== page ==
Pioneers in the 21st century: The Leadership Collaborative setting hearts ablaze
Women religious who have gone before us — our foremothers — are pioneers (are they not still with us?) Religious sisters have been in liminal space, or on the edge, for centuries, and this has not changed in the 21st century. Beyond discovering new lands to meet the direst needs and building society's safety net for healthcare and education, today's women religious continue to explore new, countercultural ways of being relational leaders and tending to the most critical issues of our time.
Travelling from the Philippines, Africa, Latin America and everywhere in between, sisters joined with their United States counterparts to share how to be "Leaders on the Edge…" This theme was the focus of the second biennial Leadership Collaborative held in Chicago May 26-29. The richness of diversity created dynamic and Spirit-led dialogue around what is most important for today's global society — and how we, the participants, desire to be present to this unfolding reality.
Early in the gathering, we spoke of seeking and having the faith to find the way. So often, when looking at journeys, the metaphor of pilgrimage is aptly used. However, with pilgrimage, the sojourner knows the endpoint. For pioneers, the unknown territory is as far as the eye can see, and the endpoint is having faith that the right place will emerge.
For the newer generation of women religious, our sojourning is being birthed. We do not know the endpoint, and yet our faith is something that keeps us steadfast, traversing over the rocky terrain — and doing so together — knowing that God is leading us to something beyond.
During our time together, it became clear that we are not re-creating, re-newing, re-founding, or for that matter re-anything. These concepts are placing patches on the old system. We are creating anew! Something is being birthed as the old systems come to their natural end. It is the paschal mystery being lived fully, and we must enter its dynamic with hope to suffer, die, let go and empty ourselves so new life is birthed. Sr. Eileen McKenzie, a Franciscan Sister of Perpetual Adoration, wrote a poem titled "Rebirth" that captures the essence of our time together:
Where are we?
What're we doin'?
We're sharin' and carin'
and rarin' to go.
Haven't been there before.
But we know the Way.
Caring and sharing
Questioning and praying
Laughing and dancing
Accompanying and crying
Witnessing and proclaiming
Healing and teaching
Trying and failing
Trying again and failing again
That there's no "right way"
and that Way is
Rising again to
Where are we going again?
Haven't been there before.
But we DO know the Way.
Maryknoll and Felician friends (GSR photo / Michele Morek)
Words are elusive when trying to name what is emerging. Maryknoll Sr. MiYoung Sung encouraged us to "Open the doors of our hearts. Leave the house and go out to embrace one another." These words spoke to our truth during these days.
There appears to be a deep knowing of the emergent and it is not yet formed. This middle space is a container in which we hold the tension between the past and the pull of the future, allowing the creative response of the Spirit to be nurtured and eventually emerge.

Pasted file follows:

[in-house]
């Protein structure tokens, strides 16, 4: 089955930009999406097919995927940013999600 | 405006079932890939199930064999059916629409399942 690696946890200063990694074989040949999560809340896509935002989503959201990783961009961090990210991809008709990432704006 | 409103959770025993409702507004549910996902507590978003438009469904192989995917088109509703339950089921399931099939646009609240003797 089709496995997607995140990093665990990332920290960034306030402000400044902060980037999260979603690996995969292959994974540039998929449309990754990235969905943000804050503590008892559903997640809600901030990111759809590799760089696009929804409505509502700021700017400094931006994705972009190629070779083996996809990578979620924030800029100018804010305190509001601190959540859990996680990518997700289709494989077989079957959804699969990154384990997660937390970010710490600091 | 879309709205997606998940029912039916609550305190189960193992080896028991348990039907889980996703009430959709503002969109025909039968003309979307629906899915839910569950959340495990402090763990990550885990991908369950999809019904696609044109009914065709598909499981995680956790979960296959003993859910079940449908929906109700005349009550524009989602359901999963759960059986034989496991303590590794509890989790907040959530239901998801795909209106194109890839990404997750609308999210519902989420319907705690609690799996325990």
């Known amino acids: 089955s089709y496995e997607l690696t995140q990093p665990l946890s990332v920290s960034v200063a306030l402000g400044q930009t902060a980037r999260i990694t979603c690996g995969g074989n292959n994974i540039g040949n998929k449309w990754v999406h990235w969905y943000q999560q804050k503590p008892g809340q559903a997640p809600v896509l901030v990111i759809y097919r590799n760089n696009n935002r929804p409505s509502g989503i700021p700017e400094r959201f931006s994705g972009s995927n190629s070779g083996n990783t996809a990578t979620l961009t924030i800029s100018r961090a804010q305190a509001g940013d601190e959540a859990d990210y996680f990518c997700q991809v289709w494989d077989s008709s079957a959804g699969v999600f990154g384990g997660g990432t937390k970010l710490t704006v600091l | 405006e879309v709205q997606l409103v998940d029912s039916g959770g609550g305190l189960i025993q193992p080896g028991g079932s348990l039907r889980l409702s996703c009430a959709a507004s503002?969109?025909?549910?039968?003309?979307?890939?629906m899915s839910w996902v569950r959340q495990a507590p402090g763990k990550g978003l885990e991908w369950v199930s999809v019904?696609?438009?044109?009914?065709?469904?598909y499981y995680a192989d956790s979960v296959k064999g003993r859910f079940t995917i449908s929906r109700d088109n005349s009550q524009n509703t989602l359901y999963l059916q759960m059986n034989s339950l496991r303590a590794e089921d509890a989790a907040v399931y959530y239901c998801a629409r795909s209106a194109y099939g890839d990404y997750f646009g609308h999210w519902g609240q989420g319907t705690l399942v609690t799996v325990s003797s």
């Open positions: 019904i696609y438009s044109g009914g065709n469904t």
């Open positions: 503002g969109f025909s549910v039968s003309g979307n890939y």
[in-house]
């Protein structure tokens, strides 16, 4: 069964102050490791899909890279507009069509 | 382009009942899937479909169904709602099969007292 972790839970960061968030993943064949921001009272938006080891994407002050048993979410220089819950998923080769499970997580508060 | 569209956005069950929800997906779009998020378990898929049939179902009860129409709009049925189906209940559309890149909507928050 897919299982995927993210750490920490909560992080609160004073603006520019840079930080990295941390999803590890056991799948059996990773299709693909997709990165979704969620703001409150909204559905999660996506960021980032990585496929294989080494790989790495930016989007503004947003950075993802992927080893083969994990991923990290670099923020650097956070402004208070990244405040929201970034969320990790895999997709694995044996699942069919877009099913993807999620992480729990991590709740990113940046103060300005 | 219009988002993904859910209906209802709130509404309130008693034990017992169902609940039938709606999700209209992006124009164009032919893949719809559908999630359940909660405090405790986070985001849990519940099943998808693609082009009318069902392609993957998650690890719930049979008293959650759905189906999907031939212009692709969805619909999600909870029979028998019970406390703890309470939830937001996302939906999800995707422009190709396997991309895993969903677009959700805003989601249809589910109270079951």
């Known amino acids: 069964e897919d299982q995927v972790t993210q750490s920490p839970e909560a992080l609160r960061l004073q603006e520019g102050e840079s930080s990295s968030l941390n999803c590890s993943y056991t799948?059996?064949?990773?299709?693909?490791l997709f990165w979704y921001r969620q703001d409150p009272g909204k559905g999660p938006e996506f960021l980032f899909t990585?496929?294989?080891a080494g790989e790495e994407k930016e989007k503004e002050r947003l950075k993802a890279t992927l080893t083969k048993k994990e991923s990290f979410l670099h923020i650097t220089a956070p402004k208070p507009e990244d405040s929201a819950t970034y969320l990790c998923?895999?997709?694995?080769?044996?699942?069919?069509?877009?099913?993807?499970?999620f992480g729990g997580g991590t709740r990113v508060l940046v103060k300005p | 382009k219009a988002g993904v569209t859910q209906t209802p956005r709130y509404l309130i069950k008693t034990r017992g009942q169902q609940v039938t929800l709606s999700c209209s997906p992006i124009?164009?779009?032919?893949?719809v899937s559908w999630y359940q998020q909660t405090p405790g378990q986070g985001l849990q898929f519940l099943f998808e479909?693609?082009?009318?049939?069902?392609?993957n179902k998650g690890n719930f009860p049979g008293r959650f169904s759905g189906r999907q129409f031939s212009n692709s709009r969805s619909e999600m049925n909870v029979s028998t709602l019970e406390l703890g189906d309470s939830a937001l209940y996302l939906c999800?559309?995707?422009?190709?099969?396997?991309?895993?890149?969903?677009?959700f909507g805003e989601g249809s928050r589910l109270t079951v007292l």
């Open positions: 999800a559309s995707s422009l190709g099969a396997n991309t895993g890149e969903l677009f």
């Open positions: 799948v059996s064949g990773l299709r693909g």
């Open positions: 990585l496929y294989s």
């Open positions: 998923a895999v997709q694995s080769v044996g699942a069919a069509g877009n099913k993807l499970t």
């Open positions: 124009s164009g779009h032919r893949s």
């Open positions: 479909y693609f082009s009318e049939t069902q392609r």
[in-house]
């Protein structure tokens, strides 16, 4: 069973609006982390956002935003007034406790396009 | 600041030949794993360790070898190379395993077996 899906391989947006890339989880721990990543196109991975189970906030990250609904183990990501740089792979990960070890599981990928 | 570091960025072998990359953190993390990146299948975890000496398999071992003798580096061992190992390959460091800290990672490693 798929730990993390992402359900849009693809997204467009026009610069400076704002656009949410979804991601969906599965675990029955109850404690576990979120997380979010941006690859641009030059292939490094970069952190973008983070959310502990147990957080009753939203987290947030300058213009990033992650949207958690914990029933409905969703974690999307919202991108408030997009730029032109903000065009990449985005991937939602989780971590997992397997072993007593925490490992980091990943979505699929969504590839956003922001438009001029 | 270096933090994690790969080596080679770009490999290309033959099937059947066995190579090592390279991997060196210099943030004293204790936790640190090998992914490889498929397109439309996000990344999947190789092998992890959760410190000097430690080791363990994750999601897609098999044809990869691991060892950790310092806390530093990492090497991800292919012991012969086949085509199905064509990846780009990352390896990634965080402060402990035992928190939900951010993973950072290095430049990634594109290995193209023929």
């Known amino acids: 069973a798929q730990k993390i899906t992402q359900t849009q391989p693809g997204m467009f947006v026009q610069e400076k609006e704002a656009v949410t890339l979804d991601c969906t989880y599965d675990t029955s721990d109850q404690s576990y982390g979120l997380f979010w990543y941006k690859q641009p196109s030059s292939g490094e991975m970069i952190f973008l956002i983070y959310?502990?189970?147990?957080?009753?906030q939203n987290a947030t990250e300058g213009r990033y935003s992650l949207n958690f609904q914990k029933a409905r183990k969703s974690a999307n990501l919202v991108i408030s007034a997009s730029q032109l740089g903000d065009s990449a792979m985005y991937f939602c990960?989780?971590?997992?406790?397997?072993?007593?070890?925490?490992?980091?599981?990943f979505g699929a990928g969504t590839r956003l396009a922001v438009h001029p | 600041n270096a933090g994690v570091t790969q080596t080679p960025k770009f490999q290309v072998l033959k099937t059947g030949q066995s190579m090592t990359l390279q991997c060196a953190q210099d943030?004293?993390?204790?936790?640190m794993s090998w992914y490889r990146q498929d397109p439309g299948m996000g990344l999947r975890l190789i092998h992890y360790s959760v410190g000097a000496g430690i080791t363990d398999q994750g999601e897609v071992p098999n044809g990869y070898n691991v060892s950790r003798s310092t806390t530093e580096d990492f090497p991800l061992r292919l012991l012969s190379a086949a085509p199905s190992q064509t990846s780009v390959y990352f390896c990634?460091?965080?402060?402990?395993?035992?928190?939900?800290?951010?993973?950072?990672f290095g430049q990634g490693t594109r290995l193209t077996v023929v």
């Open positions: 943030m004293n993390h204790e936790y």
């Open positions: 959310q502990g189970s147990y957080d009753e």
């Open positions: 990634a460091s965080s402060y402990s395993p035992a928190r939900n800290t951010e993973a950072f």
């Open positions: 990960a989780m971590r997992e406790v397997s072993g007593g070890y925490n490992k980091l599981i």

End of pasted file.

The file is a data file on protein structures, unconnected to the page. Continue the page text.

We opened our hearts to collaboration and networking — and at its essence, relationship. Working in this middle space together, we allow the birthing to be a collective voice rather than a single congregation or charism. We are moving toward a global sisterhood. All of our charisms are needed in the world and yet, we do not hold them so tightly as our own. Through their weaving the dream of God is made manifest in our world.
One aspect that spoke to my heart is the idea of radical availability. At one level, I have tried to live a life of presence and being available. Yet, there are things to which I continue to hold onto that do not speak to the radical. To what am I holding onto that creates even the slightest un-freedom? What keeps me from the centrality of God in my life? There are nuances and subtleties that I know I need to grow aware of so my life moves toward radical availability.
I also wonder how religious life itself is living a life of radical availability? Are we so trapped in our institutions, tending to the dying structures, and grieving the loss of so much (including our dear elders) that the structures themselves do not allow for a radical presence to what is most needed in our world today? Is there a way to tend to both?
It is in this middle space where transformation occurs. It is in the tension, the dying and rising, as well as in the unknowing that new and creative life is born. It is in this darkness that we can see each other's hearts ablaze with hope and passion. It is here that we can dare to imagine. My hope is that the burning of our hearts grows brighter and leads the way to birth religious life anew! We "haven't been there before. But we do know the Way."
[Linda Buck is a Sister of St. Joseph of Orange whose ministry focuses on the integration of psychology and spirituality, providing services, consultation and training in both of these areas. She is passionate about issues surrounding systemic injustice as well as mental health advocacy.]
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